READ: Time to move up
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Over the last few weeks, I have been reading the United Health Foundation’s report entitled “America’s Health Rankings” which lists the healthiest states to live in. The report takes into account sedentary behavior, obesity, diabetes, smoking and other behaviors that could affect our health. It is a very interesting report, but if you happen to read it, you will find out pretty fast that we are not the salutatorian of the class this year. In fact, we didn’t even make the top ten. Our grade fell more in the group that should have pushed back the plate more and skipped the extra biscuit at supper time. Tennessee ranked number 39 which wasn’t last, but sure didn’t put us up there in the most likely to live longer group.

Vermont was number one. I guess all that maple syrup and cold weather helps to keep you active. Next on the list was Hawaii with a lot of northeastern states rounding out the top places. The least healthy was a two-way tie for last between Mississippi and Louisiana. There were only four other states above us from the south and they were Virginia at 21, North Carolina at 33, Florida at 34 and Georgia at 36. Let’s face it, it is time for us down this way to get healthier and active.

I plan to do just that by getting into gardening more. While recovering from some surgery recently, I spent my time seeking just the right place on my property to sink hundreds of dollars into the ground to grow 20 bucks worth of produce over the summer. But, I will use the same reasoning as other green thumb enthusiasts as we write another check for more miracle dirt, it keeps us outside and the soil is therapeutic. That never was in my thoughts as a farm kid, having to chop corn and tobacco in the hot sun, but we all change with age. You know, sort of like cheese.

A few years ago, I ordered one of those little tillers they advertise on TV, which now hangs on the wall in my garage just waiting for me to get into shape to use it. They guaranteed that it will dig through concrete and if you order all of the attachments you can sell your farm tractor and go into supplying the world grain market. And, of course, I bit. I’ve told this story before about my tiller mechanics, but it never gets old.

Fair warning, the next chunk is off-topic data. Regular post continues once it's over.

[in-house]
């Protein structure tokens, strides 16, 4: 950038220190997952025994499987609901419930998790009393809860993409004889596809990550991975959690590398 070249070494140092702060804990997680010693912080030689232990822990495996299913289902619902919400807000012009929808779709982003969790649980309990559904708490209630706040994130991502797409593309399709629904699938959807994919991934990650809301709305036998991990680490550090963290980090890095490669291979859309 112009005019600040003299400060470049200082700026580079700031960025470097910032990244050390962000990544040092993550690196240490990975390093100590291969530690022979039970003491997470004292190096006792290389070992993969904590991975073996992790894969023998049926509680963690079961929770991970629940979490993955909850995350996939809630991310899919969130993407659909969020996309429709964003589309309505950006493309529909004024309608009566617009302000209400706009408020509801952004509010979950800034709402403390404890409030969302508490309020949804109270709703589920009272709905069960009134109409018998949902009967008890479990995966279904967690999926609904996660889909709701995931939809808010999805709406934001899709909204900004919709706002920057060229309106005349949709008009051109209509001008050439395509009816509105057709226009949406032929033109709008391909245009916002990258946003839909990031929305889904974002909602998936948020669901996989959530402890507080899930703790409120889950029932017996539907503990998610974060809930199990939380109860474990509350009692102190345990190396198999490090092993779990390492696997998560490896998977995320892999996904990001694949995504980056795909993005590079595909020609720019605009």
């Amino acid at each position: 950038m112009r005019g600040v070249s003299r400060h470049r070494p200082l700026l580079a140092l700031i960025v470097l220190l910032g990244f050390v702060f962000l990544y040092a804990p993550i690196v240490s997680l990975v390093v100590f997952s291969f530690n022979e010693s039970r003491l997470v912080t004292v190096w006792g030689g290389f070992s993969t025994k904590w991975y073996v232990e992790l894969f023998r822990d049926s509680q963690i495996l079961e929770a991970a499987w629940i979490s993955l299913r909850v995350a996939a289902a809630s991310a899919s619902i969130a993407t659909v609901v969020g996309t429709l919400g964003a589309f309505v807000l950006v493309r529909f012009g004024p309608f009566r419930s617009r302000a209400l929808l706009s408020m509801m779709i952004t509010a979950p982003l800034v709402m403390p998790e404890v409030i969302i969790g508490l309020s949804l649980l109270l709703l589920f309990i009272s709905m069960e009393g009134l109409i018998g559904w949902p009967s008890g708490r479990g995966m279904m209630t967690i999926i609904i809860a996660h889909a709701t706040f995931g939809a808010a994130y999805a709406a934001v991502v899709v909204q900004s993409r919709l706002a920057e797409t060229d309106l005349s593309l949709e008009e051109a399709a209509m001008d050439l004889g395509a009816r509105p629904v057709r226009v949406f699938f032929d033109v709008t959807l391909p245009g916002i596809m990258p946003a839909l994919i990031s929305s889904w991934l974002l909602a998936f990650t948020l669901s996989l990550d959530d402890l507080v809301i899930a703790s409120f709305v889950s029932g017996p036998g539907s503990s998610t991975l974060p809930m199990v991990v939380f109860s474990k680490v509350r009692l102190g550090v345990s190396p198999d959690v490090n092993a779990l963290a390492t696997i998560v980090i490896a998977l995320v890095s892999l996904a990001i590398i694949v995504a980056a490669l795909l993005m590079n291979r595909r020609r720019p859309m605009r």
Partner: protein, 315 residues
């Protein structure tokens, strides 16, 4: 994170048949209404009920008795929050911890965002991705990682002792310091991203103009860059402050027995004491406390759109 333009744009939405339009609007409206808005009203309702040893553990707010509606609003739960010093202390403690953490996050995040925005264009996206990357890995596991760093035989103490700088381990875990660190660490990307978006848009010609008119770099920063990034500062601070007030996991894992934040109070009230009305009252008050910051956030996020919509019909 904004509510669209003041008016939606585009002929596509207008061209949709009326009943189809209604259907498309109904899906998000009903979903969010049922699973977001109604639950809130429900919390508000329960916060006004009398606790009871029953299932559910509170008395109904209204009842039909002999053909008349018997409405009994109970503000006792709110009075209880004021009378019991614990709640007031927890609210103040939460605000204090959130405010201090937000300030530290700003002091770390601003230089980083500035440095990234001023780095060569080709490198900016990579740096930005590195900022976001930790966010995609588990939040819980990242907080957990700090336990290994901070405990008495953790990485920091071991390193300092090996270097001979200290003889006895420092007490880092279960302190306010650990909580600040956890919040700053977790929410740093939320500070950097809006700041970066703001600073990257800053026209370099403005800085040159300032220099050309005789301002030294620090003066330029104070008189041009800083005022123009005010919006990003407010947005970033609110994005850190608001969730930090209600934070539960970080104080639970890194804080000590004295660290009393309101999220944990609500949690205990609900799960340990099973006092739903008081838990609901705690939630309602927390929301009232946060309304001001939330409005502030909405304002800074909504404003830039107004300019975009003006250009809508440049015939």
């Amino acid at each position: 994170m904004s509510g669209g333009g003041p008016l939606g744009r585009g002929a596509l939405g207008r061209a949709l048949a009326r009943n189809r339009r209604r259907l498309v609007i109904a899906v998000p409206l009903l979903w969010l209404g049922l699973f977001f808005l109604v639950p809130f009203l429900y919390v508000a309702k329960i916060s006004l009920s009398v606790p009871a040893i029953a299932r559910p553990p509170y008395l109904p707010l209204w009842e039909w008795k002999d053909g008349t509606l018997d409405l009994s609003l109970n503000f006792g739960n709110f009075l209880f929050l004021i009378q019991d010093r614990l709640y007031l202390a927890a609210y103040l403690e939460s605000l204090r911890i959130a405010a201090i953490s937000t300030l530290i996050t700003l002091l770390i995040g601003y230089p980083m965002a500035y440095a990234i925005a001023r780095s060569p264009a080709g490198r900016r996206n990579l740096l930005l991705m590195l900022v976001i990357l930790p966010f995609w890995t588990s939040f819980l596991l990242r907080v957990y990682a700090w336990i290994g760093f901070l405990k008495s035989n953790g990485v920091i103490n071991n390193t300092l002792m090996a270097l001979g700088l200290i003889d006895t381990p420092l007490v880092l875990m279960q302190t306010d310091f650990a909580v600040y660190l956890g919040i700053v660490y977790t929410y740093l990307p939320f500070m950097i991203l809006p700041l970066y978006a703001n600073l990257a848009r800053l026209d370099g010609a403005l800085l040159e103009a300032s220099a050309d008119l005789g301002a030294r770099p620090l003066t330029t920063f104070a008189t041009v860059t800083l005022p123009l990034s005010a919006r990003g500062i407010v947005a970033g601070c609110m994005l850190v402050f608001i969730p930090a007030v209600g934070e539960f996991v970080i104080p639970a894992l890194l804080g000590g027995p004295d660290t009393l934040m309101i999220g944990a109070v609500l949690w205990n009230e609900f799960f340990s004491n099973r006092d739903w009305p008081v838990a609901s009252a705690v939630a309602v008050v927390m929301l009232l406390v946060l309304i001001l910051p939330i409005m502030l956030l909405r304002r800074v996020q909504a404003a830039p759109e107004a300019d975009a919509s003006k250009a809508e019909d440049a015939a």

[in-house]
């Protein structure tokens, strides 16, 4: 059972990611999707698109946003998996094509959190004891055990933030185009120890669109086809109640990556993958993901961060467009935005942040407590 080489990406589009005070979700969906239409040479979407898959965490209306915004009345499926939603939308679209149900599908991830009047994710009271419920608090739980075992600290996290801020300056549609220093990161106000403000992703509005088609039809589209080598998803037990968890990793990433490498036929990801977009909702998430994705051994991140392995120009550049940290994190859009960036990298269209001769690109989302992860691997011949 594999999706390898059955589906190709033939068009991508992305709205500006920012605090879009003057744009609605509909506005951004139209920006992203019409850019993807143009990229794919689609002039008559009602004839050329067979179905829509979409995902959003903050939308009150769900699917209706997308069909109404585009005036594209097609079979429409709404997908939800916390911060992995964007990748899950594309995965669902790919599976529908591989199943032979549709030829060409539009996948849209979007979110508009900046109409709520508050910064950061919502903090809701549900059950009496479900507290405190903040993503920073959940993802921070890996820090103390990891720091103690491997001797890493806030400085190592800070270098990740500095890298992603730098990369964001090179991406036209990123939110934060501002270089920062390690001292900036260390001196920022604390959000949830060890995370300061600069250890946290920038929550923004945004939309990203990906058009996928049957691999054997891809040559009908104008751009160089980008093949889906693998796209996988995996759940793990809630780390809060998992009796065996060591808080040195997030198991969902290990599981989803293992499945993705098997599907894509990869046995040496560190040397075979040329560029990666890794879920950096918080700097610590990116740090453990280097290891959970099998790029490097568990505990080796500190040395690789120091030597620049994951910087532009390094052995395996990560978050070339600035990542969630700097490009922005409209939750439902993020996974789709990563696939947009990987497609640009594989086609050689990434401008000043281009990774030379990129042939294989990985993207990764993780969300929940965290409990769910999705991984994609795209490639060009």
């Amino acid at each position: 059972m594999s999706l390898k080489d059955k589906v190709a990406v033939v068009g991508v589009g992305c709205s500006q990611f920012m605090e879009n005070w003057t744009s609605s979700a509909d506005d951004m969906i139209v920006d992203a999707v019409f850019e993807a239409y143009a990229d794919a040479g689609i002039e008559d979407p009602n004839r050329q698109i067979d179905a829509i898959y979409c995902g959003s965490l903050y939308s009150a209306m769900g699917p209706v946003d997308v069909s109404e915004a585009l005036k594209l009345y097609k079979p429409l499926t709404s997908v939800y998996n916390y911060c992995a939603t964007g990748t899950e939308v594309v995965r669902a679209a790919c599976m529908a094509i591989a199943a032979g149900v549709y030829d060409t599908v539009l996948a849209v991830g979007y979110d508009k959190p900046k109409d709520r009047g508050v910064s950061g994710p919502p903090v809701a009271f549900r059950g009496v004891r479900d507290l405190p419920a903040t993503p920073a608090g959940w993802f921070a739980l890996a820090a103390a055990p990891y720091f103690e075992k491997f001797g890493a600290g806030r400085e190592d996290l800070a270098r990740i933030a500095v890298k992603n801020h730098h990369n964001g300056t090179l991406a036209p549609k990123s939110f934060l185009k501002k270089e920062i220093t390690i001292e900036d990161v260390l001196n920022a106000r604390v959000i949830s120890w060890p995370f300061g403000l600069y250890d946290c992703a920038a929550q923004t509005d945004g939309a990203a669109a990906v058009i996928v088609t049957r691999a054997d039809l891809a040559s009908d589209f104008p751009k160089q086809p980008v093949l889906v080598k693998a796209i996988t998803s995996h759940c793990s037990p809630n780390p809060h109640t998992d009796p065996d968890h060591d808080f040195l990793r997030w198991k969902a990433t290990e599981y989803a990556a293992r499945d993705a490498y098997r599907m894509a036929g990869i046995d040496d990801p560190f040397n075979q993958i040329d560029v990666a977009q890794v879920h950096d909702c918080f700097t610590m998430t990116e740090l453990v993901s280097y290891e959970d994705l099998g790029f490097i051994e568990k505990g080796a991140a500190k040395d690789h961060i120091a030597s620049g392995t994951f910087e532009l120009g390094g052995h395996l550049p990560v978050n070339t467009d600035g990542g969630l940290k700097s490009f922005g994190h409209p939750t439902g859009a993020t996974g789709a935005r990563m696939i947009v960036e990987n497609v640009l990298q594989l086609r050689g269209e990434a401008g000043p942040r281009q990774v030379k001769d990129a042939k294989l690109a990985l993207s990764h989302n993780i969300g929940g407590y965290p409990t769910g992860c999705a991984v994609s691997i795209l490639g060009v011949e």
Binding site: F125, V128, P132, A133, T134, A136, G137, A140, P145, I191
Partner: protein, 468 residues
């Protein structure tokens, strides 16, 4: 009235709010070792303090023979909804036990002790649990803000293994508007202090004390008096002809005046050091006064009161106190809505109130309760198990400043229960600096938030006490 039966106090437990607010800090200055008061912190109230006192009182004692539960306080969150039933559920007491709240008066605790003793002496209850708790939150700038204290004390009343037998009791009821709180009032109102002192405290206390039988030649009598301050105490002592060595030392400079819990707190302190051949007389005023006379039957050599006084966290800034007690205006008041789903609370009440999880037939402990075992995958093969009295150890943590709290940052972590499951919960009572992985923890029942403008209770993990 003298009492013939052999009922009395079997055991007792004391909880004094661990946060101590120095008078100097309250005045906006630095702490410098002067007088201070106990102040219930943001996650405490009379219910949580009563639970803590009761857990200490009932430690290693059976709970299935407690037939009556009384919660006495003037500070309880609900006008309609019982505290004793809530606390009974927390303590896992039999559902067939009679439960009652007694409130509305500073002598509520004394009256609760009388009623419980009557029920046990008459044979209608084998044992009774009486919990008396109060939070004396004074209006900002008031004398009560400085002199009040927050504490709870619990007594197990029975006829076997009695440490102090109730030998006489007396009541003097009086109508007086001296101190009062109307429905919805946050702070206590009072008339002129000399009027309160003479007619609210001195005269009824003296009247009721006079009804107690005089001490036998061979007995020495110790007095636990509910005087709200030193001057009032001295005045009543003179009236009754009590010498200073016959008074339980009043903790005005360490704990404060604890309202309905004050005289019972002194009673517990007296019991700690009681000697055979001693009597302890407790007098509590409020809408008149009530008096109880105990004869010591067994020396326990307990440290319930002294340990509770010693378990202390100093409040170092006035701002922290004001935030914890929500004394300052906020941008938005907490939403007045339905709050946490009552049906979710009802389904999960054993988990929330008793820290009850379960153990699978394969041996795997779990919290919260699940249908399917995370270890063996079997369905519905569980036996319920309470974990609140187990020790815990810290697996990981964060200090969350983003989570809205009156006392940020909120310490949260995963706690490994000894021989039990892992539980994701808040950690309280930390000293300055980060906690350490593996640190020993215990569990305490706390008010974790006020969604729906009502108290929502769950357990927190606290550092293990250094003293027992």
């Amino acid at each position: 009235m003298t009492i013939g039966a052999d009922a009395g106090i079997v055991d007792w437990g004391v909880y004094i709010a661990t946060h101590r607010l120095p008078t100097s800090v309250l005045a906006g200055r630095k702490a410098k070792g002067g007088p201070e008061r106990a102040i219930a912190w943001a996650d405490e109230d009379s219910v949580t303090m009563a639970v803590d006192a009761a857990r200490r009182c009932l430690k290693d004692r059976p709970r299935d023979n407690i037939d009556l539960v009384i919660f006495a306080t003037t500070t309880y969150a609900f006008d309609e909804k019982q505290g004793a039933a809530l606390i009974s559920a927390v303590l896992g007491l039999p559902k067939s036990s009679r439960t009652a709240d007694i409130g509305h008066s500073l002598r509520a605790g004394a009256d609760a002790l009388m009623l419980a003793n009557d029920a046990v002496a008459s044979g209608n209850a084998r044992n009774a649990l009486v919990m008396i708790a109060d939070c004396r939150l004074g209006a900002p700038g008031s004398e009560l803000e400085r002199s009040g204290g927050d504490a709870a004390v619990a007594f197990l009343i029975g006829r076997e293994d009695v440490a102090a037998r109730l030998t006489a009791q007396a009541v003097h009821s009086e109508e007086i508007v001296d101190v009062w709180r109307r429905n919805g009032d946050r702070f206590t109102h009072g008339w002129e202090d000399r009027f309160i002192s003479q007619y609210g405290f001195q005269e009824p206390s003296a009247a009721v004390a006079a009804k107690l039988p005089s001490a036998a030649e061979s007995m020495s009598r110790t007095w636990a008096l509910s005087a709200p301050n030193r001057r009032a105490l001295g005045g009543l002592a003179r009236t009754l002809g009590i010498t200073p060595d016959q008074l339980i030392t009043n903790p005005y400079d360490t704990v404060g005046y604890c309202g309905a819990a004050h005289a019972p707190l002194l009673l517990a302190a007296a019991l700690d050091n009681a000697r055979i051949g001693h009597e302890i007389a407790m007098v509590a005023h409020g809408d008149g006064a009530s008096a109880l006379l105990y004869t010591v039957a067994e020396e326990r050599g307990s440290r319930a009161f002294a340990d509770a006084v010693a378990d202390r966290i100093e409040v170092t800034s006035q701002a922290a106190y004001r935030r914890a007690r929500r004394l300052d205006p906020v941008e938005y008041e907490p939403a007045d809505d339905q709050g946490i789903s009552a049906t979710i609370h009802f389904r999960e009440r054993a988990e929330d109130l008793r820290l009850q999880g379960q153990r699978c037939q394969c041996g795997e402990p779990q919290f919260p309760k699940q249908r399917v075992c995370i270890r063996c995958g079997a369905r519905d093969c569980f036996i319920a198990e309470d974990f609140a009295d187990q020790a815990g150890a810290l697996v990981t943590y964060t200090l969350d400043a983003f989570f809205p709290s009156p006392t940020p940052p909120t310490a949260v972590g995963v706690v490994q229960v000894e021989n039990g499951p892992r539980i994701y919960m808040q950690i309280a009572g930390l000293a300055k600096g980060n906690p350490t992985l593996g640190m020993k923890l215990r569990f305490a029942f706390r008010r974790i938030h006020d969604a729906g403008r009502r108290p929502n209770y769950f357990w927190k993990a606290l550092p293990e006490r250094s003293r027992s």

I’ll never forget that Saturday morning in my garage; I opened the boxes and poured tiller parts out for hours. The packaging was all vacuumed sealed and encased in bulletproof plastic. If we could encase our cars in that stuff, no one would ever have another insurance claim.

After using the jaws-of-life to open all the packaging, I began to put the tiller together. I did real well with the engine assembly and only got the handles backwards. With the pride of a kid with a brand new bike, I’ll never forget gently carrying my 20-pound two-cylinder tiller to the backyard. With instructions in hand, I pushed all the buttons and gave the starter cord a yank. The little engine started to purr like a kitten and I pulled my form fitting professional garden gloves on as if I was a racecar driver in the Daytona 500. I gave my Case/IH cap a pull down over my eyes and gave the turtle/rabbit lever a squeeze to set the tiller in motion. The little purring engine now sounded like a giant hornet locked up in a fruit jar for two days. It roared with its entire might and I immediately noticed one mechanical failure on my part that was really making a difference. I had put the blades on backwards and my little tiller had suddenly become a deranged kangaroo. I had it by both handles in a death grip, but it was bouncing so high that at times it would block the sun. I wanted to stop it but I had failed to read that far in the instructions. I had just read the starting part and I was now tilling things that I had not planned on tilling.

After a bouncing trip around the yard, my hand finally accidentally hit the kill button on the handle. My arms had become like jelly, and when I tried to remove my gloves, I had a problem of making my hands come together. I couldn’t even take my finger and touch my nose. But this year will be different. The tiller is older and so am I, plus wiser. It will not be my first “tiller rodeo” and I hope this gardening experience will be a healthier one.

It’s time to at least knock Florida out of 34th place and move up to a healthier place in the chart. Gardening may just do the trick, if you read the instructions.

 




- Pettus L. Read is Director of Communications for the Tennessee Farm Bureau Federation.  He may be contacted by e-mail at pread@tfbf.com

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